Kawasaki released its new...
Kawasaki released its new Versys 1000 in Europe (not for American consumption, unfortunately) using a retuned version of the 1043cc engine from the Z1000/Ninja 1000.
Tuesday is the busiest day at EICMA for new model presentations. Starting at 9:00 a.m. with BMW unveiling two new scooters, and some other impressive updates, there were intros every half hour until 6:00 p.m. Kawasaki showed its new Versys 1000, powered by the 1043cc mill from the Z1000/Ninja 1000; unfortunately it isn’t headed Stateside…yet. The day was interrupted by the official opening press conference for EICMA, which most of the specialist press skipped, but most of the Italian press attended. It didn’t hurt that world champions Giacomo Agostini and Kevin Schwantz showed up.
Triumph's iconic Speed Triple...
Triumph's iconic Speed Triple finally gains a racier R cousin in the new Speed Triple R, with Ohlins suspension, lighter wheels, Brembo monoblocs, etc.
Triumph showed three new models: the Speed Triple R, the Tiger Explorer adventure-tourer, and a Steve McQueen Edition 865cc air-cooled parallel twin based on the Triumph Bonneville T100. The Speed Triple R was the most interesting, with the company’s best-selling bike finally getting an R version like the rest of its sporting cousins in the Triumph lineup. Öhlins’ NIX 30 fork and TTX shock, Brembo monobloc calipers, and forged aluminum wheels upgrade the Speed Triple R’s performance.
Moto Guzzi unveiled a cool-looking...
Moto Guzzi unveiled a cool-looking retro cafe racer appropriately called the V7 Racer.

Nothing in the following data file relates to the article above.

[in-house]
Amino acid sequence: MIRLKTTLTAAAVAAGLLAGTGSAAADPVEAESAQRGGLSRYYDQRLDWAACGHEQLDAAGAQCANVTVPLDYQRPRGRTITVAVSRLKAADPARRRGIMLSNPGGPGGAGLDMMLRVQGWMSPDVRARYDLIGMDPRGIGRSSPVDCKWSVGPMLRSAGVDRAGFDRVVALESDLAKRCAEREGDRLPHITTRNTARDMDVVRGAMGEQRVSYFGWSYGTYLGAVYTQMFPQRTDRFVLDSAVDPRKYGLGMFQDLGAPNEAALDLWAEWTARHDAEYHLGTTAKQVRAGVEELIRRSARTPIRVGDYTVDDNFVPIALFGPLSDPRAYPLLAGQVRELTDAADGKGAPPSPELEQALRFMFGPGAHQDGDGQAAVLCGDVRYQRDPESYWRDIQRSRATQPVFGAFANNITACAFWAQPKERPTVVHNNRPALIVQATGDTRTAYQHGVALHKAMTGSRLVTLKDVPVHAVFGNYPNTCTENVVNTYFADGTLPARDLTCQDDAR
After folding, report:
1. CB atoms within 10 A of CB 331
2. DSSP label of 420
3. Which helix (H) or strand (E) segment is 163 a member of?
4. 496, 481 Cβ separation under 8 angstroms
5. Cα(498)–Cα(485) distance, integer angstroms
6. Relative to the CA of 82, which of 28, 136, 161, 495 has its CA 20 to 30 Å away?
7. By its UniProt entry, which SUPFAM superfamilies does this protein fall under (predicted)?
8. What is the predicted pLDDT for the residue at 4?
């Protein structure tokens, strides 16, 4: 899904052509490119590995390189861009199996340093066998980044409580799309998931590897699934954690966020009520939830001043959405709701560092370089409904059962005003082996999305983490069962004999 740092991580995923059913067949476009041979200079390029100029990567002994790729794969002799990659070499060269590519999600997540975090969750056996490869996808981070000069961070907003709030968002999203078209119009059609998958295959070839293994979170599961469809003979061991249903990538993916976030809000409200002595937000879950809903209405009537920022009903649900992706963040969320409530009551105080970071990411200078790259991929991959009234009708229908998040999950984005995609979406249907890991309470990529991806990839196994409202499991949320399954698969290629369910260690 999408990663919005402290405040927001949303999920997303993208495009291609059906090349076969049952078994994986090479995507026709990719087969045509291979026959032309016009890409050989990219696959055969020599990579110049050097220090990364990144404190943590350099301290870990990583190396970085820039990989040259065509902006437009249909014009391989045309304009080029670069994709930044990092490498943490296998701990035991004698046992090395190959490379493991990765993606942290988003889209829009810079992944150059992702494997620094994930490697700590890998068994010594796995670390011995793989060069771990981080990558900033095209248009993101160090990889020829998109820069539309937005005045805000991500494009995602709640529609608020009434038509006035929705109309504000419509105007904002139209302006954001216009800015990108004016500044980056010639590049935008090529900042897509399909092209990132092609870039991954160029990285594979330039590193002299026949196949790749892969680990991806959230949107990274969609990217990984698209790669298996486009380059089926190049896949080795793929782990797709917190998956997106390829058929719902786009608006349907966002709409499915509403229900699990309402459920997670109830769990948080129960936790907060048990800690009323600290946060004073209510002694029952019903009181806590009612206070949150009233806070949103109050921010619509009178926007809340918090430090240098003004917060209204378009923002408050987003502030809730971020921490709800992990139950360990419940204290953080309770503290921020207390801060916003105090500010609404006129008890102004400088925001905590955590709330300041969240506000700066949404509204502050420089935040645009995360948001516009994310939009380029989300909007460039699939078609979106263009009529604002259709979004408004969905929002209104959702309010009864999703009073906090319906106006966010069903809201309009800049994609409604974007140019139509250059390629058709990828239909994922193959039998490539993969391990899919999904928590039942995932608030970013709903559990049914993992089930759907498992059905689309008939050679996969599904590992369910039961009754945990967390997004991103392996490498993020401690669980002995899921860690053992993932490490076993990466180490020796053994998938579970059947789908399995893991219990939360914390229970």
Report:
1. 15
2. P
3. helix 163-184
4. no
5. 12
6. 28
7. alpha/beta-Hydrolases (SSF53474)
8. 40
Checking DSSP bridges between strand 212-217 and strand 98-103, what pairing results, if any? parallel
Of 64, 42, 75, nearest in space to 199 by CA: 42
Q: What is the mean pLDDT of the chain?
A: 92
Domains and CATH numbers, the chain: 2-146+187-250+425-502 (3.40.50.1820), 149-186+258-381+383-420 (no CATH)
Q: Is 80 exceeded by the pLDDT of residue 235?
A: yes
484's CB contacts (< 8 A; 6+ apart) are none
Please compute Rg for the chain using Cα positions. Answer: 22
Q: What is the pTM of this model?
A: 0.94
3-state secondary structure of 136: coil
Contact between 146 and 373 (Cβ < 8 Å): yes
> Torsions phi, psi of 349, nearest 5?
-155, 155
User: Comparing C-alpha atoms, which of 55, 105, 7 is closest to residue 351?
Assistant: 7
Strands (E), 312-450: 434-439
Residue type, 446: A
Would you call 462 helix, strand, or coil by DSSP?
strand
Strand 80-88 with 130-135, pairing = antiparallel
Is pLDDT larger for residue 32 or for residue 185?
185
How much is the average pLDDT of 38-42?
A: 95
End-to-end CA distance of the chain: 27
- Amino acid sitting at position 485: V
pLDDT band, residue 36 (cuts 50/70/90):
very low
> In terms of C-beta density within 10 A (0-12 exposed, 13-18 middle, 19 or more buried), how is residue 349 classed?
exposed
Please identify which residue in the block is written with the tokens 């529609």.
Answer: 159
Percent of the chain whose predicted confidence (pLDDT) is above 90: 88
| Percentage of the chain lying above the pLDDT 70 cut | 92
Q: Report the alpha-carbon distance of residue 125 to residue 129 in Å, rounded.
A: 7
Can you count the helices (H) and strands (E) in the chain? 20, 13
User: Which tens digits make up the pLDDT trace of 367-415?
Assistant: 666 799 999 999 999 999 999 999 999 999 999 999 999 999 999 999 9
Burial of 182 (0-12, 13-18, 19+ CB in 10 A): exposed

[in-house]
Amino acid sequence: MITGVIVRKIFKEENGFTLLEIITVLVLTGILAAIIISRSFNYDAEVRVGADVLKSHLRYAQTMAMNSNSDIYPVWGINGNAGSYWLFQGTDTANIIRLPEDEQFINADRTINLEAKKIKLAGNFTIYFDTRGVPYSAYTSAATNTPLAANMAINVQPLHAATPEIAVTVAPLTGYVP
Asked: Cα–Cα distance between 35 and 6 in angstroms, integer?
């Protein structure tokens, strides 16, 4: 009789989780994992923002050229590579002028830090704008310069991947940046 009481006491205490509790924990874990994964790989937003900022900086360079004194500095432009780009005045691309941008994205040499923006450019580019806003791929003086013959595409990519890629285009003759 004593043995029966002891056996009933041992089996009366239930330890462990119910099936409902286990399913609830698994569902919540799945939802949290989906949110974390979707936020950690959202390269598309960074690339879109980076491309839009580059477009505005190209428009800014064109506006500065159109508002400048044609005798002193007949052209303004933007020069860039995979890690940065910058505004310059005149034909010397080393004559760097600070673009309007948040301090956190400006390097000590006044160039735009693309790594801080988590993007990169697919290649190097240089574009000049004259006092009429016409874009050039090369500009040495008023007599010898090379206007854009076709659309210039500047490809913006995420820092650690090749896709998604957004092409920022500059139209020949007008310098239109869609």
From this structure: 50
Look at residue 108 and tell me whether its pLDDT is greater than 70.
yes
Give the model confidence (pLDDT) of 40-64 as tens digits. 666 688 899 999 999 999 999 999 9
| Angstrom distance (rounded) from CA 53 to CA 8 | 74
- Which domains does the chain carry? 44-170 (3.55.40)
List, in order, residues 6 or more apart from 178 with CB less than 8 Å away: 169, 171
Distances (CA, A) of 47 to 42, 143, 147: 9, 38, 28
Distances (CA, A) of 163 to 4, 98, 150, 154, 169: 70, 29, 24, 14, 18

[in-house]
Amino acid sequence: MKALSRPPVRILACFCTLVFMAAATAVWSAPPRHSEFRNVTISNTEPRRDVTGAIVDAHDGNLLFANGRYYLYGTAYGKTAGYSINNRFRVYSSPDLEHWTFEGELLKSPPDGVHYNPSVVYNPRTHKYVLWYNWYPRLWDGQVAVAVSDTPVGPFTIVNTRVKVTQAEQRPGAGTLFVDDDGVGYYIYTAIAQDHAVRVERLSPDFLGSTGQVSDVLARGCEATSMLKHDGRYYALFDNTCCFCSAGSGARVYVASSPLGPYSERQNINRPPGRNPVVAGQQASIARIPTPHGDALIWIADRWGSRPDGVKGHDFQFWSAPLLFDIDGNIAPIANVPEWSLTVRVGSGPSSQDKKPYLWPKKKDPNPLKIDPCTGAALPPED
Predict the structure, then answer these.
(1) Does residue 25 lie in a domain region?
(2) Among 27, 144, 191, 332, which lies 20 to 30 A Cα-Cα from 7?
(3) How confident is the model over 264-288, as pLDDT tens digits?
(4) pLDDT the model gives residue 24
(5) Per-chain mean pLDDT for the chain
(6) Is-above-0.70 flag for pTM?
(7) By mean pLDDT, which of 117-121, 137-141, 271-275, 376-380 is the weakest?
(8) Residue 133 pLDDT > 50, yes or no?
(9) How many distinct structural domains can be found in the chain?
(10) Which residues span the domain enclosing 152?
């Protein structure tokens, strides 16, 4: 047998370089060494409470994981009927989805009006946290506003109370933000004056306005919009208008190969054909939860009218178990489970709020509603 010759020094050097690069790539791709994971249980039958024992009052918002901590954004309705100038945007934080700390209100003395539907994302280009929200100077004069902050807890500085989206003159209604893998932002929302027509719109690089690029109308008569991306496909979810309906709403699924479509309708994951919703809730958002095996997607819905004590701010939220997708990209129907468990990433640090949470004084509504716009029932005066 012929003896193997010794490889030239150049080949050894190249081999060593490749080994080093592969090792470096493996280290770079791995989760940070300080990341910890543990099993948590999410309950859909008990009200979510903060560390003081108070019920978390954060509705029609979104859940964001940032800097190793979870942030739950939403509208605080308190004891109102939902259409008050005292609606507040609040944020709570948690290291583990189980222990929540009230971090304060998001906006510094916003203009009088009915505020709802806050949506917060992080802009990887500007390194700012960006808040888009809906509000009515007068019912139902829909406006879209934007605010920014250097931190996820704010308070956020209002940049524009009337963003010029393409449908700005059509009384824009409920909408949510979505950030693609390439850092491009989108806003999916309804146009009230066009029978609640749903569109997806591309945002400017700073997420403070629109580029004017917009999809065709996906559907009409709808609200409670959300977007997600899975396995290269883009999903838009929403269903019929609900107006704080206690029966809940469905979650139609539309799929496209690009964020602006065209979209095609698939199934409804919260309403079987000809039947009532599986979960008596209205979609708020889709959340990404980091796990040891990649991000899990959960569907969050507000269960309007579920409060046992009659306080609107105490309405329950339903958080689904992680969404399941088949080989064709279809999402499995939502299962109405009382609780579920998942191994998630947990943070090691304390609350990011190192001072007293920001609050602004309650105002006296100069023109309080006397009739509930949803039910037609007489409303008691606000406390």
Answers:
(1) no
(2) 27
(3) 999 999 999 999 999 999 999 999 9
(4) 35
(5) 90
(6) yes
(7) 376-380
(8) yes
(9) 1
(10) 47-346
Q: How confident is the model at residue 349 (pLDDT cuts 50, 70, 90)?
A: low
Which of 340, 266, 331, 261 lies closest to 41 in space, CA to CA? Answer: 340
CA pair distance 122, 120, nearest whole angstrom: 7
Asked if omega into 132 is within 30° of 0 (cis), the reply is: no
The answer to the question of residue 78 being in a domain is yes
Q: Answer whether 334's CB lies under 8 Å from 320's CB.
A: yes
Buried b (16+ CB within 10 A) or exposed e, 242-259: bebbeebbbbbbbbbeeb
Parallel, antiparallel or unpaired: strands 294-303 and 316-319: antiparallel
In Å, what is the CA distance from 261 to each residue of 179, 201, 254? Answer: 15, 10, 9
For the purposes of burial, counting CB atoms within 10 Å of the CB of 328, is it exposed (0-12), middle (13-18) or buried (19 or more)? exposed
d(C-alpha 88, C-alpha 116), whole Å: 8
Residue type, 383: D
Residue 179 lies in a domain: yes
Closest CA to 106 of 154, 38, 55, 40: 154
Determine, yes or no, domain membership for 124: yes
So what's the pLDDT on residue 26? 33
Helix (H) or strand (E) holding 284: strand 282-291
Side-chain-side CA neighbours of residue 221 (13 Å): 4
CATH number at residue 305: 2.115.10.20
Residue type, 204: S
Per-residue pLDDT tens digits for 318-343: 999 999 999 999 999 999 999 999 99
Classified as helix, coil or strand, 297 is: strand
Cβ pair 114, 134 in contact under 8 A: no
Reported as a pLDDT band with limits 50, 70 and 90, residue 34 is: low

The Piaggio Group drew the biggest crowd of the day. Most important to the dealers were the new Vespa scooters, which dominate the Italian streets. Moto Guzzi shared the stage by adding the V7 Racer to the earlier V7 and V7 Special. Once the show opened, the V7 Racer rarely went a minute without someone wanting to have his picture taken on it.
Dainese’s presentation of the D-Air Street apparel lineup attracted Dainese rider Schwantz, who wanted to know how it worked before going off to the VR46 booth to sign autographs and merchandise. Later in the week fellow Texan Ben Spies would show up, along with other riders including Marco Melandri, Randy de Puniet and Randy Mamola.
MV Agusta revealed a new Brutale...
MV Agusta revealed a new Brutale RR 1090 naked bike, with an "America" version motif. Pretty cool-lookin', we thought.
Who didn’t have splashy intros? MV Agusta and Bimota, both of whom had interesting new motorcycles. The MV Agusta display was like none other, laid out like a museum, with a surprise around every corner.
Thursday the doors opened to the public and they came by the thousands. And why not? There’s nothing else like it in the world.